Where are the start-ups? – Part II

January 14, 2015

The U.S. Census Bureau reports that the total number of new business startups and business closures per year -- the birth and death rates of American companies -- have crossed for the first time since the measurement began6 years ago the number of business start-ups fell below the number of business failures, and it has yet to recover.  This leaves us a stunning 12th among developed nations in terms of business startup activity.

So argues Jim Clifton, Chairman and CEO of Gallup, who cites data that show 20 million of the oft-reported 26 million businesses in America are inactive.  Only a small % of the remaining 6 million are responsible for job growth:

Of those, 3.8 million have four or fewer employees — mom and pop shops owned by people who aren’t building a business as much as they are building a life. And God bless them all. That is what America is for. We need every single one of them.

Next, there are about a million companies with five to nine employees, 600,000 businesses with 10 to 19 employees, and 500,000 companies with 20 to 99 employees. There are 90,000 businesses with 100 to 499 employees. And there are just 18,000 with 500 employees or more, and that figure includes about a thousand companies with 10,000 employees or more. Altogether, that is America, Inc.

A common misconception lumps together “lifestyle” companies and high-growth start-ups. Job growth comes mostly from new businesses that grow rapidly, not the more common short-hand of “small businesses.” The jobs created by high-growth companies, busy inventing products and services (and sometimes industries), dwarf those lost in the ongoing employment churn experienced by small businesses. The net result is remarkably stable cumulative job creation from start-ups despite their high failure rate.

Mr. Clifton also writes that “Entrepreneurship is not systematically built into our culture the way innovation or intellectual development is.”  Very true, as this podcast from AEI argues in even greater detail.  The entire wide-ranging podcast is worth a listen. A few highlights:

  • The economy needs more than a narrow rebound in tech entrepreneurship, especially since the current rebound has been accompanied by an uptick in “hardening” or consolidation as early firms are gobbled up before they boom.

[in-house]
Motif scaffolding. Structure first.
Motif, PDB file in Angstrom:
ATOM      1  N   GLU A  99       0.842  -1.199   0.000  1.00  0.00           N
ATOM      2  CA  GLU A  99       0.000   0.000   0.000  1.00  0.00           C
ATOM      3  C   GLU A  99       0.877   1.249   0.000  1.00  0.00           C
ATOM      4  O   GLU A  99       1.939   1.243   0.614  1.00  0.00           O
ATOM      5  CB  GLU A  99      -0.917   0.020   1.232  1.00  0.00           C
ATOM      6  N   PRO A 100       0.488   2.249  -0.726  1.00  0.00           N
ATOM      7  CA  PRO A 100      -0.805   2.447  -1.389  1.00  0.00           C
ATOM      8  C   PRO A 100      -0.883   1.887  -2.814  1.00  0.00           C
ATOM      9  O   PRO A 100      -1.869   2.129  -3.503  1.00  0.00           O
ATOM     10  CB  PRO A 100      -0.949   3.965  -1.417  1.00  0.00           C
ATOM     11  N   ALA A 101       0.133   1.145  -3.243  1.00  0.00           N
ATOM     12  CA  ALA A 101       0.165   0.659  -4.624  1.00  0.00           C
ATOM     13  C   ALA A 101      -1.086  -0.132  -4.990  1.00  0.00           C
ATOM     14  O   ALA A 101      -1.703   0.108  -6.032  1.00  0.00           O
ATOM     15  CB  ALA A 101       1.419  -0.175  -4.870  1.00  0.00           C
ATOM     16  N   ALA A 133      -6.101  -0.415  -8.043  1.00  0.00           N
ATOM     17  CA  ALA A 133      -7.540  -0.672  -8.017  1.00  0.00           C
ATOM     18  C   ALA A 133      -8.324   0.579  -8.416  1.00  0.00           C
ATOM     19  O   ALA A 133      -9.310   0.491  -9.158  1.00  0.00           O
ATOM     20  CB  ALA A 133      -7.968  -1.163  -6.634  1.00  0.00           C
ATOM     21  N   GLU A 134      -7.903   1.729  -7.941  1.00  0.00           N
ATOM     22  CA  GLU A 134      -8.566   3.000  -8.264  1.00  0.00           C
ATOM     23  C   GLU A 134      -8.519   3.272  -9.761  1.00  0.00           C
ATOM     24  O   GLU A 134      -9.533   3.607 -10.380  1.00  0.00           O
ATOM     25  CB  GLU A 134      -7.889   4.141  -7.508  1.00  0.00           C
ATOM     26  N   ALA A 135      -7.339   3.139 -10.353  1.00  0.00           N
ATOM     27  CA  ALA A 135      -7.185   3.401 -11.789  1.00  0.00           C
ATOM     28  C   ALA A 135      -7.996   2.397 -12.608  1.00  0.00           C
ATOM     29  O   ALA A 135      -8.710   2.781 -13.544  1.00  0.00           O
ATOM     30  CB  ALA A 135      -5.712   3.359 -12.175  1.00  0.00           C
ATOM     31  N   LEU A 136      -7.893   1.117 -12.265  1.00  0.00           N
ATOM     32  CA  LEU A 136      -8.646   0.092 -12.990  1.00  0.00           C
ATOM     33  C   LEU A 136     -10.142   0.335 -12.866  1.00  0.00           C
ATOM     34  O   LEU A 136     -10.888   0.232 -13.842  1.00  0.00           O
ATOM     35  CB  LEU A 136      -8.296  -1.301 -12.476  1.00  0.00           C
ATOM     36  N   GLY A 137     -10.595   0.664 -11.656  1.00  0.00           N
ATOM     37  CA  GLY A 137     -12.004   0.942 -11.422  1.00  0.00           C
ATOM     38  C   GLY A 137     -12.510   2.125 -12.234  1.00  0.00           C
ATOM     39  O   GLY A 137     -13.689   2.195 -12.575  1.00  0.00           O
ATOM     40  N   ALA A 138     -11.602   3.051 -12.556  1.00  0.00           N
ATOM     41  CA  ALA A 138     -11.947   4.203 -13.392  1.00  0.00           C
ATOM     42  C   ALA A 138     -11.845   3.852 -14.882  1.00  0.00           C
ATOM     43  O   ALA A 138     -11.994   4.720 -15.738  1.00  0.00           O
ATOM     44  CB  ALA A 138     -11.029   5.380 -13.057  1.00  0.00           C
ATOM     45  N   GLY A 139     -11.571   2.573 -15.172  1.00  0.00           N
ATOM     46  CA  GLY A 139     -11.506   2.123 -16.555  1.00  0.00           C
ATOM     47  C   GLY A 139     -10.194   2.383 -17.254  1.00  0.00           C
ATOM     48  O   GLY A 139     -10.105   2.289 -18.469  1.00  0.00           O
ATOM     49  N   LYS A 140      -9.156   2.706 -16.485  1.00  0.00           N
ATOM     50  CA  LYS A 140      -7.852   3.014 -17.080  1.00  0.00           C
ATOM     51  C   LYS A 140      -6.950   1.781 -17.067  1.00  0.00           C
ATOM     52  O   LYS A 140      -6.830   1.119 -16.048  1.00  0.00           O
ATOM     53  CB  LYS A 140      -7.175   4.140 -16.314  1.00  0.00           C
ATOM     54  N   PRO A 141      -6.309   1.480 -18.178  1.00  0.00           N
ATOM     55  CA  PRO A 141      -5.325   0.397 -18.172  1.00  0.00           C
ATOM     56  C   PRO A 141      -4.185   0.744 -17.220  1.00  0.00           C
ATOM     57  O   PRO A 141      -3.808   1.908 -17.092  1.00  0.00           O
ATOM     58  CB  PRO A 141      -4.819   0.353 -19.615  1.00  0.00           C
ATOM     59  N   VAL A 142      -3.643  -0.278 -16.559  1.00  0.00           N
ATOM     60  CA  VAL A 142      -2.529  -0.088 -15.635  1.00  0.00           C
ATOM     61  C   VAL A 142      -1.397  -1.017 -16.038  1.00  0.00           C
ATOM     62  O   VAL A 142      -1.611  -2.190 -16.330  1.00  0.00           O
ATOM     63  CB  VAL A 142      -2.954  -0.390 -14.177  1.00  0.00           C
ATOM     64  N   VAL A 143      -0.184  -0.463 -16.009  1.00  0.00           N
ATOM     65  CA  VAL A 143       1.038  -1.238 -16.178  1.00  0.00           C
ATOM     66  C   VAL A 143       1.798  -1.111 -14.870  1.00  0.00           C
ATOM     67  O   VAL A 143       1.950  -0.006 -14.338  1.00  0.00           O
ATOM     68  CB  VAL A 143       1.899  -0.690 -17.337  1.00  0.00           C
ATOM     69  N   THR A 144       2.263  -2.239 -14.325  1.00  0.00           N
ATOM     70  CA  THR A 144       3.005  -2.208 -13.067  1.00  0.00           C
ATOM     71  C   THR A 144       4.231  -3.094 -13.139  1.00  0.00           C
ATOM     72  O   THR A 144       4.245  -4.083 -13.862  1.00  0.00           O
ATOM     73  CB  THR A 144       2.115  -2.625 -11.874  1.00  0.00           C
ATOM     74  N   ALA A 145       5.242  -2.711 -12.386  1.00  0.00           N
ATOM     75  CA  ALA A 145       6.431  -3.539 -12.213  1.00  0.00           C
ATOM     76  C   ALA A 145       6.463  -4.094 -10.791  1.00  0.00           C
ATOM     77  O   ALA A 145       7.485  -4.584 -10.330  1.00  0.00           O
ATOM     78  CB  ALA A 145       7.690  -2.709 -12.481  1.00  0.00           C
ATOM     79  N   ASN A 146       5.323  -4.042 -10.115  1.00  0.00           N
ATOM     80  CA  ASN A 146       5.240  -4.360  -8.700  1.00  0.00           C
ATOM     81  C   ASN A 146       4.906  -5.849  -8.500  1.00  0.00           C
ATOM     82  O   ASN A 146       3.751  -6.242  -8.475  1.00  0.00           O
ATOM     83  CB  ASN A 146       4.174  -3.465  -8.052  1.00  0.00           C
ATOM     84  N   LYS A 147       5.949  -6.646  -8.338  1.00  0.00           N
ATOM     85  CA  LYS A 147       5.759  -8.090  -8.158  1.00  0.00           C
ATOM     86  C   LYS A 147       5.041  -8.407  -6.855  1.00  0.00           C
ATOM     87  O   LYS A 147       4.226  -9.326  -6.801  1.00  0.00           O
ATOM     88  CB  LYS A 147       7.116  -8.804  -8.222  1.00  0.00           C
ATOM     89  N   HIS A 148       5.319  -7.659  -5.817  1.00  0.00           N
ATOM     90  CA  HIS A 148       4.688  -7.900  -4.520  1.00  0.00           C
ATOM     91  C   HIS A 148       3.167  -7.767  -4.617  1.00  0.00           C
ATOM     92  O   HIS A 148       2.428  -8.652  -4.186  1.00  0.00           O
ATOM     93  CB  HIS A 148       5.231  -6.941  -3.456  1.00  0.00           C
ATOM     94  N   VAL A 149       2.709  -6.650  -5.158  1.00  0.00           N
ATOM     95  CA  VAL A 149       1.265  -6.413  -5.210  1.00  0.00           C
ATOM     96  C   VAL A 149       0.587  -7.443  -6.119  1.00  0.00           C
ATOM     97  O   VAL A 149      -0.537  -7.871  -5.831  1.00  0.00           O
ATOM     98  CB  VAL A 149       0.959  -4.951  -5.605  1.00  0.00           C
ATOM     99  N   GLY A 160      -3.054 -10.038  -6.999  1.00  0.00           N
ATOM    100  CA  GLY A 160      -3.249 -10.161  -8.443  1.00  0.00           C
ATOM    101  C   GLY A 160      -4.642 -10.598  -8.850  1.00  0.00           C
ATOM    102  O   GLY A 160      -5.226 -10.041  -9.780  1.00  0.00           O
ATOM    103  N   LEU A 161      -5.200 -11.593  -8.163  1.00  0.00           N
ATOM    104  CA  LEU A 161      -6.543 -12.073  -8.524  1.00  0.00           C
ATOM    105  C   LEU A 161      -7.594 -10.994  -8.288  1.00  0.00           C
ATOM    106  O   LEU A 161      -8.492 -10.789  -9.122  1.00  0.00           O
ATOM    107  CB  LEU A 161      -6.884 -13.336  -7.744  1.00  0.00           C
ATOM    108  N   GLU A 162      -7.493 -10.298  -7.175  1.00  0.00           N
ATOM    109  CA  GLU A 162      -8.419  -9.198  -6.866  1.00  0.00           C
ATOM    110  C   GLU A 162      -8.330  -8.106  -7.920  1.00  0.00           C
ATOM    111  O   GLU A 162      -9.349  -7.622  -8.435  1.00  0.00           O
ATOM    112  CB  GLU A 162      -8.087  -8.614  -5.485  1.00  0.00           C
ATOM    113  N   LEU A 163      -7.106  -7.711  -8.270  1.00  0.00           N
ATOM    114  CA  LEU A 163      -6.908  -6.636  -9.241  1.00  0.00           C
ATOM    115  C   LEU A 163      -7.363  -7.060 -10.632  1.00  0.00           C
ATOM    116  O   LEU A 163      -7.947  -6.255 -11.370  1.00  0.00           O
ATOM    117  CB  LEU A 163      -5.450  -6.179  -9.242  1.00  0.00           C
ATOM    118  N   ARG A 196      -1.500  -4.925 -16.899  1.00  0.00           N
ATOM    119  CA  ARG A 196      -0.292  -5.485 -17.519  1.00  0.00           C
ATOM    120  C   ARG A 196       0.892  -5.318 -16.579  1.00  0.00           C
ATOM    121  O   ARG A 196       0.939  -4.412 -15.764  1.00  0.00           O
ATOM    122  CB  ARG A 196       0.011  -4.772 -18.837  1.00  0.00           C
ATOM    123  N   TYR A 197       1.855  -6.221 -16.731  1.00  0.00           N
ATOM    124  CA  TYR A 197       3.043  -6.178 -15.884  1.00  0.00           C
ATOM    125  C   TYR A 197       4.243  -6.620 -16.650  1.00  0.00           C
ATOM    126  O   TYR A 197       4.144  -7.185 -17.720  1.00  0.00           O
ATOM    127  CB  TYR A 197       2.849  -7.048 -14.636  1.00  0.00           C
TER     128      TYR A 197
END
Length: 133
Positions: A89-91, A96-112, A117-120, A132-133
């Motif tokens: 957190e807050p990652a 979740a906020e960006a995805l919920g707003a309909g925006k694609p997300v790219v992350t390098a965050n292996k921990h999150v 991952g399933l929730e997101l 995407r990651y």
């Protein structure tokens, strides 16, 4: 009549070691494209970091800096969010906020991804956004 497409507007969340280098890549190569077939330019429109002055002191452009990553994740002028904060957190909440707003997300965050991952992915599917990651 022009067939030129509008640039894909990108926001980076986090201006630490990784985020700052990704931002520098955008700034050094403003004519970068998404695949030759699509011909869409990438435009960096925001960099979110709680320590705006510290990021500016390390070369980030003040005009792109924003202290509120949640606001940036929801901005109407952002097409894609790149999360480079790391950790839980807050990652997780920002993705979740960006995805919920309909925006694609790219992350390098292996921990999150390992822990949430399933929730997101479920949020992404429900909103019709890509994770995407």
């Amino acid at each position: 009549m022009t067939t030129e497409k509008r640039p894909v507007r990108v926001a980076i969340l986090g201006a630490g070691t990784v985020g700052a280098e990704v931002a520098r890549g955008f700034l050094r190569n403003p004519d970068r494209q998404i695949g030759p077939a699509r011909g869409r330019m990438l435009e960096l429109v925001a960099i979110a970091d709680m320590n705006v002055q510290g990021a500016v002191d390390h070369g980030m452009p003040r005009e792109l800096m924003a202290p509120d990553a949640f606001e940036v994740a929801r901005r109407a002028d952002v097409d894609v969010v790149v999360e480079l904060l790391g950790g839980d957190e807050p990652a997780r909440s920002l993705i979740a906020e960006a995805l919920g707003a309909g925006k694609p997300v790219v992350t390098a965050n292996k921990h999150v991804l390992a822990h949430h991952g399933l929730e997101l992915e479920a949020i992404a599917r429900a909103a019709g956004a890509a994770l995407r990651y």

• Using job creation as a measure is problematic because fewer people work for Twitter or Facebook than their previous equivalents – by the nature of what they produce. Michael Spence divides the US economy between the one that competes globally vs. the local market (tradeable vs. non-tradeable). The former generates national wealth but will employ fewer and fewer people; however, that’s what sprinkles money around the non-tradeable localities. “Not everyone can work at Google or Apple.”
  • Innovation can be costly for individuals and firms in the short run, but is the key to wealth in the long run. E.g., productivity enhancements in low-tech/low-wage firms, consolidation that drives out less efficient mom&pops, and innovation that pushes stale incumbents out.

High profile firms such as Google and Facebook (hardly start-ups, anymore) enjoy outsized awareness because they’re personal and omnipresent, and belie the fact that the data show declining business dynamism overall and for start-ups specifically.  No one knows at the outset which high growth firms will explode and disrupt – so we need “more shots on goal.”

For every Facebook there are hundreds of other early-stage companies who receive financial backing and grow nicely. The economy is not built on a series of towering home runs that clear the fence no matter how strong the wind is blowing into the park. Winning takes singles, doubles, walks, anything that advances runners and scores runs. Over-regulating (or over-taxing) early-stage investment activity is like building a pitcher-friendly park and keeping the infield grass long: you better plan on low-scoring games.

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